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first of all sorry if the title is not really specific but I thought about it and I didn't find something short which fits better my case.

My problem is the following.

I have a matrix $A\in\mathbb{R}^{12\times12}$ and I have a possible analytical expression of its Null-Space $\mathcal{N}(A)$ (The analytical expression is one of the infinite possible expressions).

I arrived to the point in which I can write:

$\mathcal{N}(A)=span\{ \mathbf{n_1}, \mathbf{n_2}, \mathbf{n_3} \}$

where:

  1. $\mathcal{N}(A)$ is a 5-dimensional subspace of $\mathbb{R}^{12}$ and the analytic expression $\{ \mathbf{n_1}, \mathbf{n_2}, \mathbf{n_3} \}$ is one (of the infinite) basis of the subspace of dimension 5.

Indeed I have:

  1. $\mathbf{n_1}\in\mathbb{R}^{12\times3}$
  2. $\mathbf{n_2}\in\mathbb{R}^{12\times1}$
  3. $\mathbf{n_3}\in\mathbb{R}^{12\times1}$

A possible basis of $\mathcal{N}(A)$ is the following:

$\begin{split} \mathcal{N}(A)&= span\left\{\left[\begin{array}{c} \mathbf{1_{N_3}} \\ \mathbf{0_{3\times3}}\end{array} \right],\, \left[\begin{array}{c} \mathbf{p} \\ \mathbf{0_{3\times1}}\end{array} \right], \left[\begin{array}{c} \mathbf{p}^{\perp} \\ \mathbf{1_N}\end{array} \right] \right\}\\ = span \left\{\left[ \begin{array}{c} 1\\0\\0\\1\\0\\0\\1\\0\\0\\0\\0\\0 \end{array} \begin{array}{c} 0\\1\\0\\0\\1\\0\\0\\1\\0\\0\\0\\0 \end{array} \begin{array}{c} 0\\0\\1\\0\\0\\1\\0\\0\\1\\0\\0\\0 \end{array} \right],\, \left[ \begin{array}{c} p_{1_x}\\ p_{1_y}\\ p_{1_z}\\ p_{2_x}\\ p_{2_y}\\ p_{2_z}\\ p_{3_x}\\ p_{3_y}\\ p_{3_z}\\ 0\\0\\0 \end{array} \right], \left[ \begin{array}{c} p^{\perp}_{1_x}\\ p^{\perp}_{1_y}\\ p^{\perp}_{1_z}\\ p^{\perp}_{2_x}\\ p^{\perp}_{2_y}\\ p^{\perp}_{2_z}\\ p^{\perp}_{3_x}\\ p^{\perp}_{3_y}\\ p^{\perp}_{3_z}\\ 1\\1\\1 \end{array} \right] \right\}\\ &=span\left\{\mathbf{n_1}, \mathbf{n_2}, \mathbf{n_3}\right\} \end{split}$

Where: $\mathbf{1_{N_3}}=\left[\begin{array}{c} 1\\1\\1 \end{array} \right]\otimes\mathbf{I}_{3\times3}\in\mathbb{R}^{9\times3}$

And $\mathbf{p}$ is the vector of positions of certain agents (it doesn't matter here I think ($\mathbf{N}$ is the number of agents, in this case $\mathbf{N}=3$).

$\mathbf{p}=\left[\begin{array}{c} \mathbf{p_{1_x}}\\\mathbf{p_{1_y}}\\ \mathbf{p_{1_z}} \\ \mathbf{p_{2_x}}\\\mathbf{p_{2_y}}\\ \mathbf{p_{2_z}} \\ \mathbf{p_{3_x}}\\\mathbf{p_{3_y}}\\ \mathbf{p_{3_z}} \end{array} \right]$

I want to find the orthogonal complement of $\mathcal{N}(A)$.

In order to do this I can first find $\mathbf{n_1^{\perp}}$ which is $\in\mathbb{R}^{12\times9}$. The problem is that $\mathbf{n_1^{\perp}}$ spans already the subspace spanned by $\mathbf{n_2},\mathbf{n_3}$. This means that the set $S=\{\mathbf{n_1^{\perp}}, \mathbf{n_2},\mathbf{n_3}\}$ is linear dependent. This is normal also from a logical point of view because it is like we are in $\mathbb{R}^{12}$ and because $\mathbf{n_1}\in\mathbb{R}^{12\times3}$ and $\mathbf{n_1^{\perp}}$ is $\in\mathbb{R}^{12\times9}$ we already covered all the $(3+9)=12$ dimensions. This can also be seen in this way:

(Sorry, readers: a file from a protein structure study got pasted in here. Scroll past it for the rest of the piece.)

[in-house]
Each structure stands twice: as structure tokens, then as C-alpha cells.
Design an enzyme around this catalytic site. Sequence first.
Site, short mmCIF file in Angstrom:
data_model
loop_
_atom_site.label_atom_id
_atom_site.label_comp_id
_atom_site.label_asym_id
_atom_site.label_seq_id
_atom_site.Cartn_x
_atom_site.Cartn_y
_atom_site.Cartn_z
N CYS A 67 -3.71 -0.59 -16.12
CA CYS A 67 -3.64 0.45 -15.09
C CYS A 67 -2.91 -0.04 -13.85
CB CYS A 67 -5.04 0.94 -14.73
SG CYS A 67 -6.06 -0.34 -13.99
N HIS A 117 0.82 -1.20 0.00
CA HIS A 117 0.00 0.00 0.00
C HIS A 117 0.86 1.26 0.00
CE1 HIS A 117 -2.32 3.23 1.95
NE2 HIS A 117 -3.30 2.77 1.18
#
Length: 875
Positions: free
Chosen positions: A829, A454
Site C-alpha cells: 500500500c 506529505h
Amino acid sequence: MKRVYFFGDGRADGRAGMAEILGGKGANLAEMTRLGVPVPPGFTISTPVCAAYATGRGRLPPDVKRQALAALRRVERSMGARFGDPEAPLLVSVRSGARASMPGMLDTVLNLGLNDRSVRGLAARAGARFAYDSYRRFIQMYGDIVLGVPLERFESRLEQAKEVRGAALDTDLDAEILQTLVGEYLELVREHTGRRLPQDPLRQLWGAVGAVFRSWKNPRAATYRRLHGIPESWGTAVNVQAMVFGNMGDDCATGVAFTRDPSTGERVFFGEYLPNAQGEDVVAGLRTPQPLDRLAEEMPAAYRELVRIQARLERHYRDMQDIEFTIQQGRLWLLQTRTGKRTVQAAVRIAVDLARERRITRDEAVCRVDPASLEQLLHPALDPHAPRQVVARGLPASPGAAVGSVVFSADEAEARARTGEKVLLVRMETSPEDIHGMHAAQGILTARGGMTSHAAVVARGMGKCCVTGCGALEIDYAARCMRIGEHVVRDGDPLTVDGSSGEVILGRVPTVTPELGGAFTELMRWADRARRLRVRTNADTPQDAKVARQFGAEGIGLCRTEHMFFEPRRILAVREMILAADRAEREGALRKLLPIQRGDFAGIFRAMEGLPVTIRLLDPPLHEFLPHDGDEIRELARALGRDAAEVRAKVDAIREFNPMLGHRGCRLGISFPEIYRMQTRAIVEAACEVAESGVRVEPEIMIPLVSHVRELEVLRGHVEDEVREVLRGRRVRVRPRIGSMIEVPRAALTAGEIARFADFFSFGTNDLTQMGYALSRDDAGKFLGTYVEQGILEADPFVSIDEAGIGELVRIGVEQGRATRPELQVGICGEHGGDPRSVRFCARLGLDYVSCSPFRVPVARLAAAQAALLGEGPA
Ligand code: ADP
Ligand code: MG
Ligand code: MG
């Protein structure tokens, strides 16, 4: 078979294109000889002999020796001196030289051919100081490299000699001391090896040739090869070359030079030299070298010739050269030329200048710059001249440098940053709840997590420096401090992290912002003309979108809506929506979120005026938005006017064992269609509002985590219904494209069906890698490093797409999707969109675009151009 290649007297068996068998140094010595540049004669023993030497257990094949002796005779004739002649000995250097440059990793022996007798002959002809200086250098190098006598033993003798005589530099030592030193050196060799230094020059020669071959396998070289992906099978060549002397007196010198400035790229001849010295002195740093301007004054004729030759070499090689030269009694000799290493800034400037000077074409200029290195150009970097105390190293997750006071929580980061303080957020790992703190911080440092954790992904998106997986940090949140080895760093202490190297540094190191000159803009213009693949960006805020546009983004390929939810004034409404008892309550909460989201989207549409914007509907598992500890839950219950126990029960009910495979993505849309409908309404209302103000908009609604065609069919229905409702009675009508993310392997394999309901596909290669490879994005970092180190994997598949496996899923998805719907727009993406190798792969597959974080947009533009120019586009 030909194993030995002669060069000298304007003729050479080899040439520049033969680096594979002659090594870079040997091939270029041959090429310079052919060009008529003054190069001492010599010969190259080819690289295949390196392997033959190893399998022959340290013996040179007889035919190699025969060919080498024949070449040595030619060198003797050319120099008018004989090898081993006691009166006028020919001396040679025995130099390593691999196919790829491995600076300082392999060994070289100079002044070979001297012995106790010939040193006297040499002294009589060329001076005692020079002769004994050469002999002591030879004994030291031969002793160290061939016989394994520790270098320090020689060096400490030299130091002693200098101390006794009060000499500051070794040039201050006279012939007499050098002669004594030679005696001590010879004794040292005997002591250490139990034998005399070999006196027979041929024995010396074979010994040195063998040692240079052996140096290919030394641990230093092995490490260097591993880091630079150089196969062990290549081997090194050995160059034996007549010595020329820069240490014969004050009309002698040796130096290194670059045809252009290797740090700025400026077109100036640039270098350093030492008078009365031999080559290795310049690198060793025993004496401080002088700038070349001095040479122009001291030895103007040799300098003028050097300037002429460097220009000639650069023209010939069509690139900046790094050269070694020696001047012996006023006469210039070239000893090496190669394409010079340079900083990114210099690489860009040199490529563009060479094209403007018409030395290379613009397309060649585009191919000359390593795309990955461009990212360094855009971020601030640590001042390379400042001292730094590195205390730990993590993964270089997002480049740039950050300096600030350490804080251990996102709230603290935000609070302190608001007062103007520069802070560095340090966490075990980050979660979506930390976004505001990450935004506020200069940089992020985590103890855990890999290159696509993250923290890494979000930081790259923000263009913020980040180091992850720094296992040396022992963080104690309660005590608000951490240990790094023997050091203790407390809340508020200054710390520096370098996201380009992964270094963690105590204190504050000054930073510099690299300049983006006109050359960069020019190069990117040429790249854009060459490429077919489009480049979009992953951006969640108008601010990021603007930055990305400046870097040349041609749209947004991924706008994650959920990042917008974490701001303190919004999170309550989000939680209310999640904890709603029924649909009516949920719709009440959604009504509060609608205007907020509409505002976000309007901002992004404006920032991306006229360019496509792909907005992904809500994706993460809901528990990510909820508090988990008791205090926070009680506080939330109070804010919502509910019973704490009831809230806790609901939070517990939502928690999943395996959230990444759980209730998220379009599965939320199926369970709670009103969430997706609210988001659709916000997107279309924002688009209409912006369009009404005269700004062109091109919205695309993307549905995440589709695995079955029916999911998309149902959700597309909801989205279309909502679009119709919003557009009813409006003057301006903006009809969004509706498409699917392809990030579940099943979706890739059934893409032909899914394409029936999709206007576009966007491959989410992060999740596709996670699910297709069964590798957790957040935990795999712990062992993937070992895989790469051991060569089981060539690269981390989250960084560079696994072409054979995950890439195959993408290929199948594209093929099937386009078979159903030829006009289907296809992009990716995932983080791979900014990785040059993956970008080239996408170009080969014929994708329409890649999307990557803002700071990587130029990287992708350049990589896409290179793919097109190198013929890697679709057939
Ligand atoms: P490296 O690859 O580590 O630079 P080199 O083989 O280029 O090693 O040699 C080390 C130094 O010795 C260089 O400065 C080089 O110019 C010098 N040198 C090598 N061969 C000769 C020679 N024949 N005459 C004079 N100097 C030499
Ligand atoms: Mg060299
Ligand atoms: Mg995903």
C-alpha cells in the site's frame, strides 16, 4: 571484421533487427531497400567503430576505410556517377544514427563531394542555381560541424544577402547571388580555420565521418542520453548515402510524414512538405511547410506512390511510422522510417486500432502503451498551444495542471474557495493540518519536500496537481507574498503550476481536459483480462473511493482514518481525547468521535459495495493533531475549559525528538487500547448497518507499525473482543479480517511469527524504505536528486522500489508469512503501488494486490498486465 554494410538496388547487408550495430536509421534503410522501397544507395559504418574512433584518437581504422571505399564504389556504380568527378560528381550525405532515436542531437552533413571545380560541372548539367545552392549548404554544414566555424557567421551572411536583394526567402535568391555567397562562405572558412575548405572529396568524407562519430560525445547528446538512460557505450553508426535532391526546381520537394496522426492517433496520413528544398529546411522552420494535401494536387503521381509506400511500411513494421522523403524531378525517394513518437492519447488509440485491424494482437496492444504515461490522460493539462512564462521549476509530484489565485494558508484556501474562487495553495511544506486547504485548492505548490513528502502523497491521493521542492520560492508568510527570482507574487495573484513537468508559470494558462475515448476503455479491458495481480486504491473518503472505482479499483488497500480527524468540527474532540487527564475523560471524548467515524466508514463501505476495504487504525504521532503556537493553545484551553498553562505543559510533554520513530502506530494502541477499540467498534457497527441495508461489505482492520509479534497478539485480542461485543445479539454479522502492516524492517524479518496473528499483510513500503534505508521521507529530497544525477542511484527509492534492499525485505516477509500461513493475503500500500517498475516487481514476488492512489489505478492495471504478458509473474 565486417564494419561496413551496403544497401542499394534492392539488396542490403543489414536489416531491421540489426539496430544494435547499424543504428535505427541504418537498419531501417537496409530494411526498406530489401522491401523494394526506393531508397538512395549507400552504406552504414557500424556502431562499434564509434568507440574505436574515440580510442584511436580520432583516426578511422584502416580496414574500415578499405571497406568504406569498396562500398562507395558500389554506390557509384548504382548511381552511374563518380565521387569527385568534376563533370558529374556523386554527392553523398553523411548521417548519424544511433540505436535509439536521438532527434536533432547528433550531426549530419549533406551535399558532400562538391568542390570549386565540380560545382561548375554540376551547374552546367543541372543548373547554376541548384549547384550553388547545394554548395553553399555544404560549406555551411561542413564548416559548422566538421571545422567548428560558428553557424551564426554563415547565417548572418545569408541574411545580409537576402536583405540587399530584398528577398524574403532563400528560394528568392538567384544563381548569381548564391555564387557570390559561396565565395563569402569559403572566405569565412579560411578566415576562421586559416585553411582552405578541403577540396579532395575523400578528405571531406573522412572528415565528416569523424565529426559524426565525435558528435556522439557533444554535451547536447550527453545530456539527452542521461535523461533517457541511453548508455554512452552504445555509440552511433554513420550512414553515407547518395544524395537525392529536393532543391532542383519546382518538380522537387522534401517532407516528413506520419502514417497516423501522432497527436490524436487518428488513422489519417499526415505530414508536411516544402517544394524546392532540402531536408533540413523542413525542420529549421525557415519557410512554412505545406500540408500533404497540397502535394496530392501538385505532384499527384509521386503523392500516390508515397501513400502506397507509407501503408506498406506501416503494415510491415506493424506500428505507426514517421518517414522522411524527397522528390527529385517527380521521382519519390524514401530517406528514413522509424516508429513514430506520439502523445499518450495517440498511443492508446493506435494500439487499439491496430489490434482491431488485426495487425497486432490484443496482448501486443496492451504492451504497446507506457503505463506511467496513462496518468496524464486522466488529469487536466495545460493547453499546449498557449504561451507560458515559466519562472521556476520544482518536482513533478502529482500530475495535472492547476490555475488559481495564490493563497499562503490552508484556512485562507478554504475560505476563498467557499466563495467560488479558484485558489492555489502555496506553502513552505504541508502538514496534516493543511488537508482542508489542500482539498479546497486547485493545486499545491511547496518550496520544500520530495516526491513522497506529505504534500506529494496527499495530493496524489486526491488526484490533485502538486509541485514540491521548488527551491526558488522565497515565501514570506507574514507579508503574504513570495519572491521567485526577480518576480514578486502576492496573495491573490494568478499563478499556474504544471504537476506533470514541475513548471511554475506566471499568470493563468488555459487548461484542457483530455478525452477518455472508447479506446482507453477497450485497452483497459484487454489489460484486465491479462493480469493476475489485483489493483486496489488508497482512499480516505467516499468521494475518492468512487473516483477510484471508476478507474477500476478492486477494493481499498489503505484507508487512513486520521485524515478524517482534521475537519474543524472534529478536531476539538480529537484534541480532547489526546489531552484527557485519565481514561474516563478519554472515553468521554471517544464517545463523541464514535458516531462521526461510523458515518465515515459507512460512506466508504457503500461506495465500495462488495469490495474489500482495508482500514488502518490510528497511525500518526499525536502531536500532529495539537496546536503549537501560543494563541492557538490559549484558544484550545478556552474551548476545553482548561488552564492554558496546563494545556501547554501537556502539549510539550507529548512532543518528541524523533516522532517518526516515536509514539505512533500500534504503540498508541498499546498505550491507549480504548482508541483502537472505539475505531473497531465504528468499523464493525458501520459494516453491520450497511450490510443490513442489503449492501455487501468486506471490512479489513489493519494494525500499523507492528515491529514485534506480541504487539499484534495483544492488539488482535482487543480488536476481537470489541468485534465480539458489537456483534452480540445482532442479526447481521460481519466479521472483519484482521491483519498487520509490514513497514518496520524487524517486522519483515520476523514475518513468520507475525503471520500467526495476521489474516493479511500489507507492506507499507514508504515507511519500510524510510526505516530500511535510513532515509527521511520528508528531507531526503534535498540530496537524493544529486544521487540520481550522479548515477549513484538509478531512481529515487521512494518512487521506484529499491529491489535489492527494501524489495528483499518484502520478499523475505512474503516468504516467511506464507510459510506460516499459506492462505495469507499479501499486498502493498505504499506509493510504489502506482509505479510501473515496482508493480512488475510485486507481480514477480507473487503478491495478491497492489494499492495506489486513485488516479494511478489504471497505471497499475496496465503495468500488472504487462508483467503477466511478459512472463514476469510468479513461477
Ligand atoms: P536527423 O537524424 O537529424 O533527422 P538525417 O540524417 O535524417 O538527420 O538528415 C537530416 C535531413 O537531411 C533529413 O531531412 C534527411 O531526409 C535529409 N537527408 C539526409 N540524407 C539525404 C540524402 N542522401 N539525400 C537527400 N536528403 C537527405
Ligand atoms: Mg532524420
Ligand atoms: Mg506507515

$rank(\{\mathbf{n_1},\mathbf{n_1^{\perp}}\})\neq0$

But I said that I want to find the orthogonal complement of $\mathcal{N}(A)$ and for sure the subspace spanned by $\mathbf{n_1^{\perp}}$ contains already the subsubspace spanned by $\mathbf{n_2,n_3}$ so my question is:

how can I find a subspace of $\mathbf{n_1^{\perp}}$ which doesn't contain the subspace spanned by $\mathbf{n_2}, \mathbf{n_3}$?

I hope I was clear and thanks a lot for your time.

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    $\begingroup$ Your notation is unclear. I would expressions like $\Bbb R^{12\times5}$ as denoting a vector space of rectangular matrices, not a as subspace of some $\Bbb R^n$ which $\mathcal N(A)$ would be. Also you didn't say what size $A$ is, so we don't even know which $n$ to take there. Finally, subspaces are not finite sets of vectors, so the notation $\{n_1,n_2,n_3\}$ is not appropriate (maybe you meant the span of such a set?). $\endgroup$ – Marc van Leeuwen Dec 9 '15 at 13:47
  • $\begingroup$ thanks for the quick comment. I will add the size of matrix $A$ but the Null-space of the matrix is a collection of vectors and that is why i put it to be $\in \mathbb{R}^{12\times5}$ $\endgroup$ – kalmanIsAGameChanger Dec 9 '15 at 13:49
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    $\begingroup$ Well, a nulll space is an infiinte set of vectors, so writing $\Bbb R^{12\times5}$ for that is not appropriate. If you mean a $5$-dimensional subspace of $\Bbb R^{12}$ then please say so explicitely. Such a space could be described by $5$ vectors spanning it, but such a set is far from unique, so you should not identify $\mathcal N(A)$ with such a collection of vectors. $\endgroup$ – Marc van Leeuwen Dec 9 '15 at 13:52
  • $\begingroup$ Ok sorry, I didn't understand what you meant. My fault. I tried to correct the question. Let me know what you think about it now. $\endgroup$ – kalmanIsAGameChanger Dec 9 '15 at 14:50